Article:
I kept stalling.
The week passed, and the letters appeared like clock work. I started every morning reading Mario’s words – words that were just as friendly, just as inquisitive. I didn’t want to do anything that was going to mess this up – whatever “this” was. But even as I enjoyed our daily banter, my questions loomed, overshadowing everything.
Sunday rolled around. Once again, I found myself sitting on my bed, instant chatting with Mario. After the normal pleasantries, Mario began quizzing me about all my trips to Italy – my departure cities, where I flew into, if they had been direct flights, etc. When I asked him the reason behind all the questions, he started to hedge a little bit, saying that he had a long time dream of visiting America, that he had friends who were constantly inviting him, and that first subtle hint of coming to see me.
I couldn’t handle it any more. It was time to get some answers.
Mario, posso farti una domanda?
(Mario, can I ask you a question?)
(Of course. Ask away.)
In questi giorni ho avuto un po ‘di tempo di pensare….e ti devo confessare, sono troppo curiosa….
Perche’ mi scrivi?
(Over the past few days I’ve had some time to think, and I have to admit, I’m really curious…
Why do you write me?)
Subtlety is not my strongest suit.
It took him almost a full minute to respond. And his response was no answer at all.
E tu perche’ lo fai? Non sembra una bella domanda.
(Why do you write me? That doesn’t seem like a nice question.)
Crap. This was not the way I had hoped this conversation would go. Obviously I had caught him off guard. And obviously he wasn’t too pleased about being put on the spot.
In a bizarre cross between soothing, backtracking, and (paradoxically) holding my ground, I tried to explain my reasoning behind the question.
The conversation went quickly downhill. I was having a hard enough time trying to explain to myself what I was thinking, but then trying to translate it to a guy while trying to not offend him? I was quickly becoming a jumbled mess.
Finally I realized that I was going to have to bite the bullet and explain what had happened this week, the realization that happened when that fateful Monday passed without a letter from him, about my insecurity in regards to his intentions. In short, I was going to have to explain that I was getting attached, and that I needed some assurance that it wasn’t completely one-sided.
Mario waited patiently for me to try and find the right words. I tried to be bold. To tell him how important his letters had become, how much it had thrown me to not hear from him, that it was weird to share all these deep and intimate details of my life with someone when I didn’t know what he was thinking, that I was lacking a certain security and that, in the end, I didn’t know what to expect from him.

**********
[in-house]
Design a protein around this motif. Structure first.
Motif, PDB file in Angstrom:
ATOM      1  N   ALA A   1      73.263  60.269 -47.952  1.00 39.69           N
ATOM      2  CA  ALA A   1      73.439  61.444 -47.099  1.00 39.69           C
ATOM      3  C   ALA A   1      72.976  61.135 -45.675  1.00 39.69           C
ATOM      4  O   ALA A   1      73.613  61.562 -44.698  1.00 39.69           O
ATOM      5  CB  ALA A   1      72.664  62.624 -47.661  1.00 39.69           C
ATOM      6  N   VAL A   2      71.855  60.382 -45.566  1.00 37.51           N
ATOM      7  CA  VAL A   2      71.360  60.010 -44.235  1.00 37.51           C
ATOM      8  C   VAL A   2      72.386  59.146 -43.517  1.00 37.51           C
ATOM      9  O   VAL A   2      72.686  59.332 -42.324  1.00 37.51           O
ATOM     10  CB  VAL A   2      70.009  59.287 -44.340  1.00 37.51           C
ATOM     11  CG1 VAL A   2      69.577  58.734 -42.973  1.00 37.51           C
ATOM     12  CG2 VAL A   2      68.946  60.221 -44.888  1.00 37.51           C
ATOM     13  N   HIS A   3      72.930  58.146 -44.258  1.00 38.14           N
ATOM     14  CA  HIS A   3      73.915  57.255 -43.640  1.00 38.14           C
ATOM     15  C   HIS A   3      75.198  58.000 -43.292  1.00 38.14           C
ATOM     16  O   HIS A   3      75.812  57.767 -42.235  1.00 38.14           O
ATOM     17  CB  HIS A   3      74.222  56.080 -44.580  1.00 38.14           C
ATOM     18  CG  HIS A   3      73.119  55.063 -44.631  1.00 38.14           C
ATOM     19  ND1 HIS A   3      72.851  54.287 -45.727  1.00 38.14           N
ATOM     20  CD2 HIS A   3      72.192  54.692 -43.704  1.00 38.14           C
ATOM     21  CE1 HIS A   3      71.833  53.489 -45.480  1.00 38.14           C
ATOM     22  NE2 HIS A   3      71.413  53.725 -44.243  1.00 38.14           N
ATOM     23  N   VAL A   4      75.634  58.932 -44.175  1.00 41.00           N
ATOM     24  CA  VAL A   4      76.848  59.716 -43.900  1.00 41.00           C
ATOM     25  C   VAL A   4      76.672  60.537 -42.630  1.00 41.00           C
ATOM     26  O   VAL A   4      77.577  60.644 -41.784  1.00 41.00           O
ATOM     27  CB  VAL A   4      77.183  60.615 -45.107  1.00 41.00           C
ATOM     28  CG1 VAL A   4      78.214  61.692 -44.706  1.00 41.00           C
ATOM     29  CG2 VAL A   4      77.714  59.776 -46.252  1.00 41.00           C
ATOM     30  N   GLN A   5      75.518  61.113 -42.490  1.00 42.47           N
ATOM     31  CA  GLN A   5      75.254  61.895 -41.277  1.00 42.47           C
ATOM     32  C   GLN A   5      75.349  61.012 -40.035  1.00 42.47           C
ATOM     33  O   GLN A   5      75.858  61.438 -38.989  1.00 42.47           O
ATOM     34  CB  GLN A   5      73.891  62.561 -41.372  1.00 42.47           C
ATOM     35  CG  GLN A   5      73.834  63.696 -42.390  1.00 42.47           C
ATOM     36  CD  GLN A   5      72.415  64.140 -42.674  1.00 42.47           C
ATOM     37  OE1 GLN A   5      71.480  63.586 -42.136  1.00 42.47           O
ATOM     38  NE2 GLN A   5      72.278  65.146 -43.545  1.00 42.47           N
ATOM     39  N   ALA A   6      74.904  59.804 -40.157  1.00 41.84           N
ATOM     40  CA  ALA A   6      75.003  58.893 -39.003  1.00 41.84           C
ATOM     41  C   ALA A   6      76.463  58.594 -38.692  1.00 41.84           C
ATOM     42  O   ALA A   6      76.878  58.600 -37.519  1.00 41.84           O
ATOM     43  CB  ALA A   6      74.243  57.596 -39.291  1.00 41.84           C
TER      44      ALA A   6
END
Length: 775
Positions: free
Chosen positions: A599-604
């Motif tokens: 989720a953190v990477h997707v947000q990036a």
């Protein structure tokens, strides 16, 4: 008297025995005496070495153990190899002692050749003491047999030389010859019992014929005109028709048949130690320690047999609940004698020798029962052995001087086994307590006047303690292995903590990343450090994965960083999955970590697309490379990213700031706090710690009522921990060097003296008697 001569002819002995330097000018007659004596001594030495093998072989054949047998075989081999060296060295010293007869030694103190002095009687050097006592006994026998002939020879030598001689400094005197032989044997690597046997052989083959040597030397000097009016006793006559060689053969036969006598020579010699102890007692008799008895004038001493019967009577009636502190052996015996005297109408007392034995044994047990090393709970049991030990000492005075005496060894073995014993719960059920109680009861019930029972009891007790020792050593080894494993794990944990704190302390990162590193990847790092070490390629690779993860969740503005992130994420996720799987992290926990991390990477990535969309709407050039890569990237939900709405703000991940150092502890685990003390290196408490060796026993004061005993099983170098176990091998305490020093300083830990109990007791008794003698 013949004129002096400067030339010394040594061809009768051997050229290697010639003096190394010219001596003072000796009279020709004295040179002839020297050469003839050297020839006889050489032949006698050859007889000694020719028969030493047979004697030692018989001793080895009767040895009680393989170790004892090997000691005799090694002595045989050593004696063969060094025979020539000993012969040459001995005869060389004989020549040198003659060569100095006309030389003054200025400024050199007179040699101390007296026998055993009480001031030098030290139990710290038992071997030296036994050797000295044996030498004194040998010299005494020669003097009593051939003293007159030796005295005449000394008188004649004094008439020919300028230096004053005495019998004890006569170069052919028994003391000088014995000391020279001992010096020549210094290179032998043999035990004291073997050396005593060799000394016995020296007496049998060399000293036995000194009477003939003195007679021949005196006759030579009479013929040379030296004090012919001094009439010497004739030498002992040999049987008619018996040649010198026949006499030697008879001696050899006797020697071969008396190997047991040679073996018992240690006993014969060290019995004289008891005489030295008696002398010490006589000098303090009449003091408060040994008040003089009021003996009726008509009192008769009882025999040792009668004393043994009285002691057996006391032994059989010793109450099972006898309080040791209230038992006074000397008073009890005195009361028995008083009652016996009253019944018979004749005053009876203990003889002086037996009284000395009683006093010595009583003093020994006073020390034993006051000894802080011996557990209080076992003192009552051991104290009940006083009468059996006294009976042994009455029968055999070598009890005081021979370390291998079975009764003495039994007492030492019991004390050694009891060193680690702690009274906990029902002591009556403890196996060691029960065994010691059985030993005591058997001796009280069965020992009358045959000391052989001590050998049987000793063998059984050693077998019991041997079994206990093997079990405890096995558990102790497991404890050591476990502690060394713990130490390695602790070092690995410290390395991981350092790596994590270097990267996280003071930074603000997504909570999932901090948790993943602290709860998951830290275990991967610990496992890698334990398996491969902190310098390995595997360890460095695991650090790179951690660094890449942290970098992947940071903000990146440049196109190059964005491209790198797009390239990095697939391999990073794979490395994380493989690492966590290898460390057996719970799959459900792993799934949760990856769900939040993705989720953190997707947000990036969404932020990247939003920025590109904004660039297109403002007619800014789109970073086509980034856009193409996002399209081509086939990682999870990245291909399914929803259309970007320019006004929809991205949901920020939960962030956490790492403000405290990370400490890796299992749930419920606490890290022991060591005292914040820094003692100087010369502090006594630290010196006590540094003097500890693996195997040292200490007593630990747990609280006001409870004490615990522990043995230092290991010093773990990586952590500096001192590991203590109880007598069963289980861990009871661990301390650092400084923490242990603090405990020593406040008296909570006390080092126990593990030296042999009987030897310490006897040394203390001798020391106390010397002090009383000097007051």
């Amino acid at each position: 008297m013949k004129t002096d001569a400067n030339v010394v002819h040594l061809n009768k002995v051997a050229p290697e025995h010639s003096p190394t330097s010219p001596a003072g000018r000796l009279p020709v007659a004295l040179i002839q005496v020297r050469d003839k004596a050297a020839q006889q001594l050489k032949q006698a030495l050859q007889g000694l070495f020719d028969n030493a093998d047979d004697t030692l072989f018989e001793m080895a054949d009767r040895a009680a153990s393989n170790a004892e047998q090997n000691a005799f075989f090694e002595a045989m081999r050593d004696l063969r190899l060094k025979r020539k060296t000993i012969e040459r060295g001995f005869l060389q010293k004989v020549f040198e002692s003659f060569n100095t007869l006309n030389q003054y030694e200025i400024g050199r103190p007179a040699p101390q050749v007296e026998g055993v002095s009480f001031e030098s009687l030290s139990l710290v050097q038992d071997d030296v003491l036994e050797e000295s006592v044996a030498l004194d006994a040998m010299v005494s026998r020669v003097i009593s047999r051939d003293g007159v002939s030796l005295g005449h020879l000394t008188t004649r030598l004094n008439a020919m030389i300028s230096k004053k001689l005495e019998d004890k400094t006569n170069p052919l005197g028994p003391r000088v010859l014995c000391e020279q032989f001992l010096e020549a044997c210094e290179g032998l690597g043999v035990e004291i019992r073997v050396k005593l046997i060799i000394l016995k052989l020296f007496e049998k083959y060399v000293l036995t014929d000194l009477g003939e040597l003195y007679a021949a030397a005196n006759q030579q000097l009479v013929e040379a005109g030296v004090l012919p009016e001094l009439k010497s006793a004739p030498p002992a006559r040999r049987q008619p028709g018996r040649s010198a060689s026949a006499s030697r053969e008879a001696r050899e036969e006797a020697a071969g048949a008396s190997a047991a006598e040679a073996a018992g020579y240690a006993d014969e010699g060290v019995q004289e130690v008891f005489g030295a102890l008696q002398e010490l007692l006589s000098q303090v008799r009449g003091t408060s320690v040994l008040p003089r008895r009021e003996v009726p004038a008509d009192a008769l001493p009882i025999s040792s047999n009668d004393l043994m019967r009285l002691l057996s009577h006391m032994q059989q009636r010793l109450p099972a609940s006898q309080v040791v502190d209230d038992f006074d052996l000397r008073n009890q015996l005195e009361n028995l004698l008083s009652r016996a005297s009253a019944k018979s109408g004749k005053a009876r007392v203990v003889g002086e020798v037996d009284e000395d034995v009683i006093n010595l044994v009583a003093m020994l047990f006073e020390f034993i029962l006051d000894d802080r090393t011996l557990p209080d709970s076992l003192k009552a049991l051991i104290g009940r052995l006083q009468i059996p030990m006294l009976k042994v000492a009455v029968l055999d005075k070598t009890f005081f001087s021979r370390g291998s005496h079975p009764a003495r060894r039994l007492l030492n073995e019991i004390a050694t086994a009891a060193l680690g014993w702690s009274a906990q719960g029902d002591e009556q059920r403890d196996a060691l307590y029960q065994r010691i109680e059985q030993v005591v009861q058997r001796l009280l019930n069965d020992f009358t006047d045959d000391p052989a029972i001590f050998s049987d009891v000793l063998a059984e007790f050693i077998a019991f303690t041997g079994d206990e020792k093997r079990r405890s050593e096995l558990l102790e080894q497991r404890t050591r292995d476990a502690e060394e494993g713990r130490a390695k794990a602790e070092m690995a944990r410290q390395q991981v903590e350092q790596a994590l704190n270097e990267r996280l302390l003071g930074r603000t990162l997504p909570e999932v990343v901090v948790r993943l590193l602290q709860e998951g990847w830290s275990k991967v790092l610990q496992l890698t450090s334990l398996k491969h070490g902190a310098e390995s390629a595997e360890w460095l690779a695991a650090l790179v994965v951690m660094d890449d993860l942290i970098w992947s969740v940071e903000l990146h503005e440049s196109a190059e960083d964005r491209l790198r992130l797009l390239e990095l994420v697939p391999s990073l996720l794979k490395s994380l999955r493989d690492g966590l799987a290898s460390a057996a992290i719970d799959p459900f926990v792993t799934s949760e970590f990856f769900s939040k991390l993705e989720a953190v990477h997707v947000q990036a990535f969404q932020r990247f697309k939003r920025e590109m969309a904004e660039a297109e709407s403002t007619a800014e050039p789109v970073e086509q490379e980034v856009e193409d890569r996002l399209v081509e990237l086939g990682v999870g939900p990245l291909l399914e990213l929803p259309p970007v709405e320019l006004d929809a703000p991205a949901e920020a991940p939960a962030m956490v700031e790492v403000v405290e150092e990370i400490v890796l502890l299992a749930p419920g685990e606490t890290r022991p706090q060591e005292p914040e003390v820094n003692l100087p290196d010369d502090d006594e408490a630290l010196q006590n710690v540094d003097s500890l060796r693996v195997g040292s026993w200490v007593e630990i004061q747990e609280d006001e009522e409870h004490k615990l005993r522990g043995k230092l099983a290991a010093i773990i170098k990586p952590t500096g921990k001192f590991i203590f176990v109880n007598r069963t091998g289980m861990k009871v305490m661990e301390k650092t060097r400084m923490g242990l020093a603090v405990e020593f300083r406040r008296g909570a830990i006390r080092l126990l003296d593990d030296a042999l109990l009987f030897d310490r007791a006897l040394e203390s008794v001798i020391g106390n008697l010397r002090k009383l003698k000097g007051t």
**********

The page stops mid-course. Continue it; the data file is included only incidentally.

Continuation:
With every word I wrote, I had the sinking feeling that I was ruining everything.
After my fumbled monologue was completed, I awaited his response. I felt like I had opened myself up much farther than I had wanted, and yet it was a relief to finally talk plainly about what we were doing. I wasn’t sure that I was going to like the answer, but at least I would finally have one.
At last, Mario started explaining.
It quickly became clear that Mario didn’t have a plan. All he knew is that he had felt something when we had met and he wanted to get to know me better. Even though he knew that there were a lot of obstacles in our way – our different cultures, languages and, above all, the distance – he still wanted to explore the possibility. For him, one of the most important parts in building a relationship was to simply share the everyday. Since we couldn’t be in each other’s physical presence, he had turned to letter writing, and even though he wasn’t sure what the future would hold, his “aspettative sono positive” (his expectations were good).
He was also confused as to why this process – and his interest – wasn’t clear to me.
I guess some things will always be different for men and women.
Mario and I talked for over two hours that day. As we were both going on vacation the following weekend, and internet access (and therefore, the ability to write) was going to be somewhat unpredictable, it was a relief to leave with a clearer understanding of what each side was thinking. When we finally said goodbye, it was with a promise to keep future communication open and honest – and a challenge for Mario to learn more English so that he could better understand what it was like for me to have these conversations in my second language.
I closed my computer that day knowing that, while we didn’t know what was going to happen between us, at least we both were on the same path. And for now, that was all I needed.